Concussions, too, are more common among female athletes. Researchers are now exploring whether programs aimed a neck strengthening can potentially make a difference in this statistic. In the meantime, sports physicians should pay particular attention to the recommendations of the Berlin Statement on Concussion in Sport[6] where our female athletes are concerned.

We should also watch for signs of the female athlete triad: low energy availability with or without disordered eating, menstrual dysfunction, and low bone mineral density.[7] Because they can make less estrogen, the bones of athletes with this syndrome may be weaker and more susceptible to stress fractures.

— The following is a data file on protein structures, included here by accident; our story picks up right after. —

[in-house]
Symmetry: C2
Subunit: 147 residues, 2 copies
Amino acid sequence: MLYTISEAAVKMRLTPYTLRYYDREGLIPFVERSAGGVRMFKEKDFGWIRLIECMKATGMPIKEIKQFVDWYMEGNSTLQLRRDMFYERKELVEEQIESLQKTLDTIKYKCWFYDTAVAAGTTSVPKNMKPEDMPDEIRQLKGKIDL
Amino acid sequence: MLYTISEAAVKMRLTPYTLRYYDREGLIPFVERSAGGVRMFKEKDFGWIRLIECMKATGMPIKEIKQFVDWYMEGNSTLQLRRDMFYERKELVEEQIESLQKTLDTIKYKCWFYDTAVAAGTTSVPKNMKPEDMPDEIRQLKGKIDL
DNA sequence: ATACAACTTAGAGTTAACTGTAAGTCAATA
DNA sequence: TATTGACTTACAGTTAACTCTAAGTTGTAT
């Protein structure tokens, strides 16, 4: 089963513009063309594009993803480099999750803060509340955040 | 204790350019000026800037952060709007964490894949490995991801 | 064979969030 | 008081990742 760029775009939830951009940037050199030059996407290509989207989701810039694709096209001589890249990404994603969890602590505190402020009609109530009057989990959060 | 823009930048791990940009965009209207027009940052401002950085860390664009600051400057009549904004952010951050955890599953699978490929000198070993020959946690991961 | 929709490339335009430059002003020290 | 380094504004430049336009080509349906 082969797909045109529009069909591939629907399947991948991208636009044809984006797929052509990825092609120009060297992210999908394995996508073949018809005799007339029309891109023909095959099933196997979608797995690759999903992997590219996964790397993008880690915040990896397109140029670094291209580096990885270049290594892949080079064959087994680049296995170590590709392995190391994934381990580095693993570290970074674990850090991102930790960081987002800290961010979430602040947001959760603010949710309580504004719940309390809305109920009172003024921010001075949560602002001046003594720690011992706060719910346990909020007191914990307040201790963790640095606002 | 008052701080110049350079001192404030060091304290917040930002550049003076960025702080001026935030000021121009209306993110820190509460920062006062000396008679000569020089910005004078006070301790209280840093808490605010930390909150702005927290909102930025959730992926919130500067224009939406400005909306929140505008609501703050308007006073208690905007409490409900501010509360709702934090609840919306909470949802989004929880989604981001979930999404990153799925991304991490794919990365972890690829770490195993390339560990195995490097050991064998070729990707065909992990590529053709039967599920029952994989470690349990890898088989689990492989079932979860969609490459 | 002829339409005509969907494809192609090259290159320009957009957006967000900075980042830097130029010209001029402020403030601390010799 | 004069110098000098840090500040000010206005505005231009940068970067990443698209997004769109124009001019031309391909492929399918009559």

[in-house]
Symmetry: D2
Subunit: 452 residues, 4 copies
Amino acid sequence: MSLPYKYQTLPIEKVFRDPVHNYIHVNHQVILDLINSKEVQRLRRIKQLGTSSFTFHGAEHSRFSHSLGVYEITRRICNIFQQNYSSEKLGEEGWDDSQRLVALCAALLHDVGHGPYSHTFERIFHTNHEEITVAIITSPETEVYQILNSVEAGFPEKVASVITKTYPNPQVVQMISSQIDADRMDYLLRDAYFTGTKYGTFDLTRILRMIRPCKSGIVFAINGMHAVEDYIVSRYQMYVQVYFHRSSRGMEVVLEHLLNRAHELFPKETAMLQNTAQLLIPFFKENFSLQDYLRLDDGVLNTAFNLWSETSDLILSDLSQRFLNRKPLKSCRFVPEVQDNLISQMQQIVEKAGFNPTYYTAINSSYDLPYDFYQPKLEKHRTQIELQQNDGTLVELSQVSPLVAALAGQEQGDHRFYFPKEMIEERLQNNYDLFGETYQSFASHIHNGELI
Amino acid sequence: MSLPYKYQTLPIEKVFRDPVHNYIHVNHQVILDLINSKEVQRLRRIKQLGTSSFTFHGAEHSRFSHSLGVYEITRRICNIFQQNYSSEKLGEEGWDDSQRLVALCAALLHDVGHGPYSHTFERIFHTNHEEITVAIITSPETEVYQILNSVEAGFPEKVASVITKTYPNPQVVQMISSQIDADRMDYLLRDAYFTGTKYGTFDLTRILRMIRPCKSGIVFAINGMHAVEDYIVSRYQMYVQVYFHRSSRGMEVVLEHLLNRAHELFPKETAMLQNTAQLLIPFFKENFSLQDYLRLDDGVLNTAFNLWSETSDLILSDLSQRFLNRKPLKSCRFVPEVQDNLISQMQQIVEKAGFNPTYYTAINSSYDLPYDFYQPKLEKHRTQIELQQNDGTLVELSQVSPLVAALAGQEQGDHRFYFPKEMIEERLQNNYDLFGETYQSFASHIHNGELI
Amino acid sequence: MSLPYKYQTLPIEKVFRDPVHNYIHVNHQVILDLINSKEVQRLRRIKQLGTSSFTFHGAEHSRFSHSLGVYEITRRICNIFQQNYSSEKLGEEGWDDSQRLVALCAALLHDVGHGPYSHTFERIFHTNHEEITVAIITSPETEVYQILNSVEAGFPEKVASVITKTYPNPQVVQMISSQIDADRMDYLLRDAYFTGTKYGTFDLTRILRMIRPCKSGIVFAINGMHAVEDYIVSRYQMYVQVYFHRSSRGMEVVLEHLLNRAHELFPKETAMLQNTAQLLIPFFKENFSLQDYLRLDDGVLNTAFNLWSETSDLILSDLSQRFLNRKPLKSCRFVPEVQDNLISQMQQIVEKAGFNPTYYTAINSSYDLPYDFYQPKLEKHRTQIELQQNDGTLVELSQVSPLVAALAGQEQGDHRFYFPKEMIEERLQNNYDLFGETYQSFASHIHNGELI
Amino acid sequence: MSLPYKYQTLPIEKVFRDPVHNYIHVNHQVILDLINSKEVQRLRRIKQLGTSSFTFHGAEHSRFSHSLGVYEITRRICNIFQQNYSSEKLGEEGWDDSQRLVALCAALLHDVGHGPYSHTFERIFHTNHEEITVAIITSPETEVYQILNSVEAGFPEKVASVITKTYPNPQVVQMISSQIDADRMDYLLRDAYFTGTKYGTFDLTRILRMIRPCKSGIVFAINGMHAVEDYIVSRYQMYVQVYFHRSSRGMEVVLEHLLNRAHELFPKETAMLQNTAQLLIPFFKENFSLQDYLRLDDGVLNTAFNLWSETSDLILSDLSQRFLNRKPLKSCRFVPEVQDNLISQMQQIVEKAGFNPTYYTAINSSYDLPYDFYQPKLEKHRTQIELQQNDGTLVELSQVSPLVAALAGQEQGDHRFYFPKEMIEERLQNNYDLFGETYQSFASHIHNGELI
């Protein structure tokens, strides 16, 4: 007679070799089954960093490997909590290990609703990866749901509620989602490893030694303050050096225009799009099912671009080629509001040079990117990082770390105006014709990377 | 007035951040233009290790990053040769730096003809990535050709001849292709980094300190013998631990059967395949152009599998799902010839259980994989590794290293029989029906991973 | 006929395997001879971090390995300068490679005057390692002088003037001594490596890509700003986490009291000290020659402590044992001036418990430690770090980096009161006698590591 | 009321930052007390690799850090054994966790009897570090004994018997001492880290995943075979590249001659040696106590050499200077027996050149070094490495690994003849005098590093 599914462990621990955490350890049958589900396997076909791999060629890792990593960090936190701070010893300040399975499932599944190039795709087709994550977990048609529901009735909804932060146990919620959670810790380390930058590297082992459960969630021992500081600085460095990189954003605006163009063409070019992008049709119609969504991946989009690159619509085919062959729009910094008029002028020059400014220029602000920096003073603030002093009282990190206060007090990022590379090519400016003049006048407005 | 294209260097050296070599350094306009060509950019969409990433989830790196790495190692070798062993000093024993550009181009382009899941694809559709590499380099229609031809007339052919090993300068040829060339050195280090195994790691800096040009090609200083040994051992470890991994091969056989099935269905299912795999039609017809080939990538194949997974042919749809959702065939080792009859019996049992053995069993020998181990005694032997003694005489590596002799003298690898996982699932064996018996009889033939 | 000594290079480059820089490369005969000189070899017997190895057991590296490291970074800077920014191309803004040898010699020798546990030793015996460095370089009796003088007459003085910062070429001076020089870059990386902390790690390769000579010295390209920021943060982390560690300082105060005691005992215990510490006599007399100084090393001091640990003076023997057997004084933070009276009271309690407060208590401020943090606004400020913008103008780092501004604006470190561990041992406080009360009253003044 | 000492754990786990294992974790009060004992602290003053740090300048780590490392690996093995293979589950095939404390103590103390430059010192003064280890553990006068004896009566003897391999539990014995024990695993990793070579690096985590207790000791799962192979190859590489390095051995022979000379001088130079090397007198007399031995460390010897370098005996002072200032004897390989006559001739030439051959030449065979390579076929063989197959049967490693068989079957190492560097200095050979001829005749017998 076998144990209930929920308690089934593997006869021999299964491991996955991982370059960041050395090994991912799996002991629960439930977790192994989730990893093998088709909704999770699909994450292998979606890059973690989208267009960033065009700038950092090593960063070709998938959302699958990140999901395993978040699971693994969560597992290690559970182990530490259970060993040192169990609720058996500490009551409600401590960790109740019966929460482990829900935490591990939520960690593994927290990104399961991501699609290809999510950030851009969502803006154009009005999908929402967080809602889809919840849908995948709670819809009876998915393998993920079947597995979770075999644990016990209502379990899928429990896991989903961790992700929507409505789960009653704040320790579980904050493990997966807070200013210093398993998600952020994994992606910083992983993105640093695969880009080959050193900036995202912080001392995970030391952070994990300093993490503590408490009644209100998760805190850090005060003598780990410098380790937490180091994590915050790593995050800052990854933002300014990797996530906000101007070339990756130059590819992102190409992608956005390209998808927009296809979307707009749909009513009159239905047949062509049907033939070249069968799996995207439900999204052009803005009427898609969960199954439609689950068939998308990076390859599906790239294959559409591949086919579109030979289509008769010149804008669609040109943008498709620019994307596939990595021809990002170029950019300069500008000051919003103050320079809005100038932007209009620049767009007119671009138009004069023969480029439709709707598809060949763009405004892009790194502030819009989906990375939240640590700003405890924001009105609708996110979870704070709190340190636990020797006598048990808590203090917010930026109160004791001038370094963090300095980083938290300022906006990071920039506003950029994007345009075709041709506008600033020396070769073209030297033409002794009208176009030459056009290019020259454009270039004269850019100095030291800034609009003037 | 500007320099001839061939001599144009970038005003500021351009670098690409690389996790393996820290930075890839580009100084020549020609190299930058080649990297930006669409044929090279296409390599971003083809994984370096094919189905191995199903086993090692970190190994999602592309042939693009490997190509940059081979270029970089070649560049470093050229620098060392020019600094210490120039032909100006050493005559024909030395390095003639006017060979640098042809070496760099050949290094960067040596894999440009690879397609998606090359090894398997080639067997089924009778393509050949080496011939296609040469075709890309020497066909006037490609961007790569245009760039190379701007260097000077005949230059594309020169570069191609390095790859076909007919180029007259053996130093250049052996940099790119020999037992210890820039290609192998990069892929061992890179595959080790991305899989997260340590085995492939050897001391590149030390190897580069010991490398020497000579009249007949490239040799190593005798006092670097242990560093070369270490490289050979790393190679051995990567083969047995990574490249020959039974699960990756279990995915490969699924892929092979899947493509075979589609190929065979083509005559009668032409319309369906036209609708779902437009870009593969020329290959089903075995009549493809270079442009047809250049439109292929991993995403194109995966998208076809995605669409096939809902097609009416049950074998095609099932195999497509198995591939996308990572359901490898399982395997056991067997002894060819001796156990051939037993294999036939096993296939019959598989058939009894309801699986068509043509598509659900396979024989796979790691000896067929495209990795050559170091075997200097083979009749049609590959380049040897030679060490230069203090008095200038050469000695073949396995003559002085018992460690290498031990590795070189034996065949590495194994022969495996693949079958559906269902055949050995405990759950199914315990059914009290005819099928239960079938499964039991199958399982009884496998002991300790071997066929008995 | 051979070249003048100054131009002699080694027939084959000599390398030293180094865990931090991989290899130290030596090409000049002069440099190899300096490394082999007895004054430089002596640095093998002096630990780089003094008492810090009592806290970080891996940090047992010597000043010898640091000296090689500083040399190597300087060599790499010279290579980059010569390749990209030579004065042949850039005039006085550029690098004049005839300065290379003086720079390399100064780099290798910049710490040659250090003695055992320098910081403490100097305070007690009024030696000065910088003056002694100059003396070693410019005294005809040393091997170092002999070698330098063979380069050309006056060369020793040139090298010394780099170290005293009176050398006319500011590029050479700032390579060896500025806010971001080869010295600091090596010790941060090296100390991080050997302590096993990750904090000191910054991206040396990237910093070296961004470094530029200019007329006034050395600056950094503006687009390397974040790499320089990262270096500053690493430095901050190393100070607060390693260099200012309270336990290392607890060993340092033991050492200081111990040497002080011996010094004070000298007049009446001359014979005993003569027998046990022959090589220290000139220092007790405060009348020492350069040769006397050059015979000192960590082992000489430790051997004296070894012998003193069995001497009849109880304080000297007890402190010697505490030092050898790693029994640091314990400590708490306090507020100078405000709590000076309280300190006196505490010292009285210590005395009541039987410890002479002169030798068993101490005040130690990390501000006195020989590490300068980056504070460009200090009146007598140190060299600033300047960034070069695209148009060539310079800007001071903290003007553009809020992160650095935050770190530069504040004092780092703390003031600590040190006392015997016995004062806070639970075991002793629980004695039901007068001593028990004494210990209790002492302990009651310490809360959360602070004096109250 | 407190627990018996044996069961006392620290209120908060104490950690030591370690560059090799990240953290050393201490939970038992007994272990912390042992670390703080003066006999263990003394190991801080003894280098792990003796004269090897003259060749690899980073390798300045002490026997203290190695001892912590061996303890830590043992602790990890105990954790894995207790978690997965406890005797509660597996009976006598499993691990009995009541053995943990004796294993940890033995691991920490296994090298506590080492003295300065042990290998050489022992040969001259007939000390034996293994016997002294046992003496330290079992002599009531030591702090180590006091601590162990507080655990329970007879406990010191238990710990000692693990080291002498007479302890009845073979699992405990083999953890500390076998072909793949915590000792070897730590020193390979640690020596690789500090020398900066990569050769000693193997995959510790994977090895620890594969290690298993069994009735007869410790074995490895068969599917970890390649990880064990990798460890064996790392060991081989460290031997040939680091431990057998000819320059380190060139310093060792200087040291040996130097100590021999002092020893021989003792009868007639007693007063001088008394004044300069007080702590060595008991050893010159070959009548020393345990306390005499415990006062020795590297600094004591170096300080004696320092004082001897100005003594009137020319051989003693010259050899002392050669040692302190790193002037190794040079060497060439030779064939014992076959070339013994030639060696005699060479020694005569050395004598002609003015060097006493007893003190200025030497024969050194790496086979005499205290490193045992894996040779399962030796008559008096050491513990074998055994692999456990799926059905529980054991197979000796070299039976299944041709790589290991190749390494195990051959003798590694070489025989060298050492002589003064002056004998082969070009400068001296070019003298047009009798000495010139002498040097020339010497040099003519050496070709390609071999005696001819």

Lower age at menarche has been associated with an increased incidence of total knee replacement.[8]And low serum levels of endogenous estradiol, progesterone, and testosterone are associated with increased knee osteoarthritis.[9]

This problem needs greater attention. Perhaps even more than teenage girls, postmenopausal women could benefit from increased physical activity. Too often, as these women try to participate in sports, their cartilage begins to break down. This can create a vicious cycle in which reduced physical activity causes weight gain and increased stress on joints—causing more arthritis and further reducing physical activity.